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The Art of Spiritual Conversations

Mary Schaller argues in this article that Christians need to learn the art of spiritual conversations with those who do not profess to be Christians.

Several paragraphs are helpful (and sound like they came right out of Evangelism for the Tongue-Tied!)

The key is to figure out how to empower Christians to engage in meaningful conversations about God with those who believe differently. This is not something we leave to the “professionals,” but rather something anyone can do on any day of the week. Everyone can have conversations, so let’s start there. If our conversations can build trust and prove that we care, then relationships grow, and disciples are made over time. We should strive to create spaces for safe and open spiritual conversations that pave the way for people to discover God for themselves at their own pace.

When we approach people with the intent to tell them what we know, yet don’t really try to understand where they’re coming from, they will put up defenses. When we demonstrate that we are truly seeking to understand people and not change their point of view, we create a safe environment for them to open up at a deeper level. As they feel genuinely understood, they also begin to better understand themselves. In a society full of people who would rather talk than listen, people are starved for someone who is willing to move into their life as a listener and learner. It communicates love. Eventually, they become more open to what we have to say, if we’ve listened well to them.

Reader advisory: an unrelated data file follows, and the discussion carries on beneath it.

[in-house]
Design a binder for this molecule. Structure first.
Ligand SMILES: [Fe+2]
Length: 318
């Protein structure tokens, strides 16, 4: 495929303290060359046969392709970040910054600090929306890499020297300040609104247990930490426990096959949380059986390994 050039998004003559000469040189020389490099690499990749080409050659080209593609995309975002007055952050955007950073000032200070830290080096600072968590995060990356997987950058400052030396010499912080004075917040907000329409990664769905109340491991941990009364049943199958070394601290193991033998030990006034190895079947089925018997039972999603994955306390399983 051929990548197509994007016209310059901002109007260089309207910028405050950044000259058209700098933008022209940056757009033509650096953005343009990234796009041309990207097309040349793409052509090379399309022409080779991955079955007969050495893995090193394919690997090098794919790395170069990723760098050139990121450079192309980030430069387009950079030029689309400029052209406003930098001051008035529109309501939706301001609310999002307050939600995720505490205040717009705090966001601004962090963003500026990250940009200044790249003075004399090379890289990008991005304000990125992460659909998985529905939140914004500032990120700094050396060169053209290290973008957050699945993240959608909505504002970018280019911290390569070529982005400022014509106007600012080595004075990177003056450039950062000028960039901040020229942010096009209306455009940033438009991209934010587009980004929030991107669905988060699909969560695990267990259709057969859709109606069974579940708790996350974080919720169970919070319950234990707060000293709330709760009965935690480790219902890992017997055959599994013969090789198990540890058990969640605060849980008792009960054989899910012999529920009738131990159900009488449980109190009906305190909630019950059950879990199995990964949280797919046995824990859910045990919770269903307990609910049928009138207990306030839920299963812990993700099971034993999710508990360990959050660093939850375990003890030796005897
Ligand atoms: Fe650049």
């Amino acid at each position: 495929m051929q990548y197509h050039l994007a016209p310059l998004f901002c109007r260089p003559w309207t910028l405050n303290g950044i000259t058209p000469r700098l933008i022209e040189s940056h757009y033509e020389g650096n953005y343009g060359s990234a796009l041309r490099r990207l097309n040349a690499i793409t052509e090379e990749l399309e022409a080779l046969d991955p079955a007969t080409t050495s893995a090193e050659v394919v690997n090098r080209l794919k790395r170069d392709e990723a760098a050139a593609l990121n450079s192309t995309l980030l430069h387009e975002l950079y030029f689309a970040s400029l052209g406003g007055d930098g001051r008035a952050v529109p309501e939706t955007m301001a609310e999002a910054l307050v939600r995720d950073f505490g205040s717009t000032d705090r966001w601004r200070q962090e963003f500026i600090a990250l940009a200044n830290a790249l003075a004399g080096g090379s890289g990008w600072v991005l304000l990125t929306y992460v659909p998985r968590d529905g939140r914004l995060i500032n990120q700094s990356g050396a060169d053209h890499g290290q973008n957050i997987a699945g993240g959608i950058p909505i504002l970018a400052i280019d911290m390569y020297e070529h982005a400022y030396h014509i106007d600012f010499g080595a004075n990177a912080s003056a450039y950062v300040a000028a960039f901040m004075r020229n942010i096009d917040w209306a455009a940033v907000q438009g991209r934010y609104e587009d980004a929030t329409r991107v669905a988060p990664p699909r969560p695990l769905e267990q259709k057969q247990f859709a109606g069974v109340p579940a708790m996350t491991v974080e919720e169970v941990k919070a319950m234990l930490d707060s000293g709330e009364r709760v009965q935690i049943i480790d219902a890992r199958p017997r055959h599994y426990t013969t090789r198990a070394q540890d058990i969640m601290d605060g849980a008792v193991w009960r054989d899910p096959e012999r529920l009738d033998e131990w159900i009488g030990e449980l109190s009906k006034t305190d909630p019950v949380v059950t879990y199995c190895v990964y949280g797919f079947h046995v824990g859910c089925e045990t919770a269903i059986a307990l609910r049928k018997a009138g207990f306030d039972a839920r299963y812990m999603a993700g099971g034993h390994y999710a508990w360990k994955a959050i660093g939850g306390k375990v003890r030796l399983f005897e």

The “Q” in Q Place stands for “Questions,” because we recognize the value of cultivating a place where it feels safe to discuss the big questions of life. The starting point is with open-ended questions that are motivated by authentic interest in another person’s life. They open up conversation and create a dynamic learning environment. And the path to a good question is using our God- given curiosity. It all starts with curiosity … otherwise questions will feel loaded, formulaic or insincere.

It is “holy” curiosity, both because the curiosity is God-given, and because the questions are Spirit-led and sensitive to the need of the moment. Holy curiosity invites interaction, leads to greater connection and transparency, and opens the door to new opportunities.

Perhaps a little less assertive that I wish but still good words! Just like Evangelism for the Tongue-Tied. Should I send her a copy? Or you? Read the whole thing.

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